Indonesia jails 2 police in acid attack on graft official

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A security officer talks on his mobile phone at the sentencing hearing of the two police officers, Ronny Bugis and Rahmat Kadir Mahulette who are accused of attacking Indonesian Corruption Eradication Commission (KPK) investigator Novel Baswedan, at North Jakarta District Court in Jakarta,Indonesia Thursday, July 16, 2020. At the hearing that was held virtually as a precaution against the new coronavirus outbreak, the court sentenced Mahulette to two years and Bugis to 18 months in prison for attacking Baswedan with acid in 2017 that badly damaged his eyes. (AP Photo/Achmad Ibrahim)

JAKARTA – An Indonesian court on Thursday sentenced two elite police officers to 18 months and two years in prison for attacking a senior anti-corruption investigator with acid, in a verdict slammed by rights groups and anti-graft activists.

Novel Baswedan, a leading investigator at the Corruption Eradication Commission, known by its Indonesian abbreviation KPK, was almost blinded when two men on a motorbike threw acid at him as he left dawn prayers at a mosque in April 2017.

The attack drew condemnation across Indonesia, which suffers from endemic corruption. KPK, seen as one of the few effective institutions in the nation of more than 270 million people, is frequently under legislative attack by lawmakers who want to reduce its powers.

A panel of three judges in North Jakarta District Court delivered the verdict after a trial that was held remotely due to the coronavirus pandemic.

The two members of an elite police mobile brigade, Rahmat Kadir Mahulette and Ronny Bugis, were arrested in December on the outskirts of Jakarta almost three years after the attack.

The indictment said the motive for the attack was personal and not related to Baswedan’s position as a corruption investigator, and prosecutors argued that the defendants did not intend to throw acid on Baswedan’s face, just his body.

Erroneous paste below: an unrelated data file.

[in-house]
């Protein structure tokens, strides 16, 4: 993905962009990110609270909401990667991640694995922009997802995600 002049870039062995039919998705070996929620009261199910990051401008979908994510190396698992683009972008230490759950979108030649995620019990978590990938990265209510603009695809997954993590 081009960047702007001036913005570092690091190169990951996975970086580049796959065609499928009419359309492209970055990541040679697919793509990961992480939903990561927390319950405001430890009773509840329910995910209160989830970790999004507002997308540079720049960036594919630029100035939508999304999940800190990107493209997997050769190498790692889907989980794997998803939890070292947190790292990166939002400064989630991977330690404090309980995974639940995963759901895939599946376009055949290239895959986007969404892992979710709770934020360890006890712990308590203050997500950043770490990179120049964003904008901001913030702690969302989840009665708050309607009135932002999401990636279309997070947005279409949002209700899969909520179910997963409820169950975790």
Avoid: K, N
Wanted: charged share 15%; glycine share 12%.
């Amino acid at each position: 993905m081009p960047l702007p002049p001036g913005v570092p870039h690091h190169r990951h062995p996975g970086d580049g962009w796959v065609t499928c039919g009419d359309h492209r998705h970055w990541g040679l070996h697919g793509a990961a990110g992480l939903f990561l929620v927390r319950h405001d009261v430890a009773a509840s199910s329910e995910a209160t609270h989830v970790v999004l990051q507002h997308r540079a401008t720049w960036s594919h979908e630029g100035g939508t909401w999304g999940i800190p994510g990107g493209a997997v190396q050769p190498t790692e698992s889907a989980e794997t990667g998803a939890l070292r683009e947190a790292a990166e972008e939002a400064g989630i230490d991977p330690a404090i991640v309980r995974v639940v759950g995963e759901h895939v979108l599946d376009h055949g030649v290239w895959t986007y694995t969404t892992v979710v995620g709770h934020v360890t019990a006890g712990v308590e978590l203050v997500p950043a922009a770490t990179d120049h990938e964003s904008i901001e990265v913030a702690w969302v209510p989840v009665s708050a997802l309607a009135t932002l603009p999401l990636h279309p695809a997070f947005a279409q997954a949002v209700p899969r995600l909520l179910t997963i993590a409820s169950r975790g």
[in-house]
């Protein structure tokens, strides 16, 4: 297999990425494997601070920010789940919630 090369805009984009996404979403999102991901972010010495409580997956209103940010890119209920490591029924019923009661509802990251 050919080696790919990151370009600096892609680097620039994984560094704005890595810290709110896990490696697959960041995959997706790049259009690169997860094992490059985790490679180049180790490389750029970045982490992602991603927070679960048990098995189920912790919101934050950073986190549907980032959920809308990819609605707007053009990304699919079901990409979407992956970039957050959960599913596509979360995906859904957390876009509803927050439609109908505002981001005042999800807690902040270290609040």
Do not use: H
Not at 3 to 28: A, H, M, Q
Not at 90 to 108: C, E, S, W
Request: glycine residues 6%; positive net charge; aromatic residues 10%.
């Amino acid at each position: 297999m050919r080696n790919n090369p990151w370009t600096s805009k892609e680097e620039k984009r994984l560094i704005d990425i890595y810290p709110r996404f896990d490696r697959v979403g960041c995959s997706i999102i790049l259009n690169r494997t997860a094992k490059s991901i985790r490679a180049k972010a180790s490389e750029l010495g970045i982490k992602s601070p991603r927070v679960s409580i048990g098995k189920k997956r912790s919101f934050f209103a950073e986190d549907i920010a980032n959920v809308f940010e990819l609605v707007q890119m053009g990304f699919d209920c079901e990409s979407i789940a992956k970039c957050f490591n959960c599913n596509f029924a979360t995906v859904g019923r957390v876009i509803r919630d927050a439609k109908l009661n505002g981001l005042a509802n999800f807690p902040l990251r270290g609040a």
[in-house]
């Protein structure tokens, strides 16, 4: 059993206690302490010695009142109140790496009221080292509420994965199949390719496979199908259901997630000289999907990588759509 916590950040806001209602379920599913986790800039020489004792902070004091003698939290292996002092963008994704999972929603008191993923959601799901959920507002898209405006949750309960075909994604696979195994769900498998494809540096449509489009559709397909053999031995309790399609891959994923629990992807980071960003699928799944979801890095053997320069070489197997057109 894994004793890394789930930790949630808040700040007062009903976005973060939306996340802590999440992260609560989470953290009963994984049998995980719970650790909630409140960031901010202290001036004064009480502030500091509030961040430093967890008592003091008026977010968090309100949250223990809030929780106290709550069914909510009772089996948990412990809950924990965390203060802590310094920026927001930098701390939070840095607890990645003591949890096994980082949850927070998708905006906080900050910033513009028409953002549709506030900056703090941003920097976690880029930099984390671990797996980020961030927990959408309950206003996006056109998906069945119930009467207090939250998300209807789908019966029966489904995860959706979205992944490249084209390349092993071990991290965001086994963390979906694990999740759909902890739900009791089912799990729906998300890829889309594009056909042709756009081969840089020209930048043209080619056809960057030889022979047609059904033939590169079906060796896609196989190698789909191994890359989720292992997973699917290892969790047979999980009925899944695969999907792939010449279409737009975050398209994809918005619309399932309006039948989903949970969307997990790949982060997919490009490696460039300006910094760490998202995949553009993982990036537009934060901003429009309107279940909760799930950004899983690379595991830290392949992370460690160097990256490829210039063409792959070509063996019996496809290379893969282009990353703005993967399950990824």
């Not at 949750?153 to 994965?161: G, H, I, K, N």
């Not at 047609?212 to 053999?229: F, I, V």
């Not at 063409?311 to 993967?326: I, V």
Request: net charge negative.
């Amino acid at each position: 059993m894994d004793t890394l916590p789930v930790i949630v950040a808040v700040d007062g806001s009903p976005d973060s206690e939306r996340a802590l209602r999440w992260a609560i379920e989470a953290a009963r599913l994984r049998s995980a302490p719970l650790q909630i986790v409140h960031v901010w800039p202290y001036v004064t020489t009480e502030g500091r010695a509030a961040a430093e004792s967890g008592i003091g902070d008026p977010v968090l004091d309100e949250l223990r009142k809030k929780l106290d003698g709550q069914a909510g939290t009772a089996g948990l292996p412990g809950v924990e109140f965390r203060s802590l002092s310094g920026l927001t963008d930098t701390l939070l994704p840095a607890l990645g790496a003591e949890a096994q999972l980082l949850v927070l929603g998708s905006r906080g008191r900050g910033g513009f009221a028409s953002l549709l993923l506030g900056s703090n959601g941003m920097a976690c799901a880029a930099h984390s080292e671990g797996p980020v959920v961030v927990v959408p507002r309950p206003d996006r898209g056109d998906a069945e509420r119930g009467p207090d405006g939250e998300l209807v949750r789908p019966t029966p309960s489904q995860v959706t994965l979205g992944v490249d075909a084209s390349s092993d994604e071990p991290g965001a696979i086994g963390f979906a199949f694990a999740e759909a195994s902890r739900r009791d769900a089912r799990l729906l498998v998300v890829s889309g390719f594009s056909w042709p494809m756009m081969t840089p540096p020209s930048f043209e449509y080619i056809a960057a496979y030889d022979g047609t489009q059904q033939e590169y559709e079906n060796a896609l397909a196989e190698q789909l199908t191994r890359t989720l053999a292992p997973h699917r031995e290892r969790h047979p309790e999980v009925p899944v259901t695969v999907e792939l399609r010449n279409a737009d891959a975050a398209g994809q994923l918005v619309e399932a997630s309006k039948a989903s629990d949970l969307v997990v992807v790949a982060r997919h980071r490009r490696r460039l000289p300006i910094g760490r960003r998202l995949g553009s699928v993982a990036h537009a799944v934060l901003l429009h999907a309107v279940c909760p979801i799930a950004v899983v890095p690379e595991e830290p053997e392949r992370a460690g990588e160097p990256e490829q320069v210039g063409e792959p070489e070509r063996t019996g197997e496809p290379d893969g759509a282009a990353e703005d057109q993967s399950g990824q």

Mahulette, who was found guilty of throwing the acid at Baswedan, was sentenced to two years in jail, while Bugis, who allegedly drove the motorbike in the attack, was given 18 months' imprisonment.

Prosecutors had recommended only one-year sentences for each of the defendants. They were widely criticized by anti-corruption activists and international rights groups for not seeking the maximum penalty of 12 years' imprisonment for premeditated attacks that cause permanent disability.

Amnesty International Indonesia Executive Director Usman Hamid called for a new independent investigation into the attack.

Baswedan investigated police corruption and was also leading the probe into a case in which 80 people, mostly officials and legislators, and several companies allegedly used the introduction of a $440 million electronic identity card system in 2011 and 2012 to steal more than a third of the funds.

Senior Golkar party politician and former Speaker of Parliament Setya Novanto was sentenced in April last year to 15 years in prison for coordinating the $170 million theft of public money.

After the attack, Baswedan underwent months of medical treatment of his damaged eyes in Singapore. He criticized the police investigation of his case because no one had been arrested when he returned to work in 2018, 16 months after the attack.

He doubted that the defendants were the real attackers, saying they did not fit their description.

“Many say that this trial is like a theatrical performance. I also believe that,” Baswedan wrote on Twitter ahead of the verdict Thursday, “With many oddities and problems, what do you want to expect? Instead, it proves that Indonesia is a dangerous place for people who want to fight corruption.”

The attack underlined the country’s challenges in fighting graft and threatened the credibility of President Joko Widodo, who won a second term after campaigning for clean governance.

Indonesia, Southeast Asia’s largest economy, ranked 85th out of 180 countries in the 2019 Corruption Perceptions Index reported by Transparency International.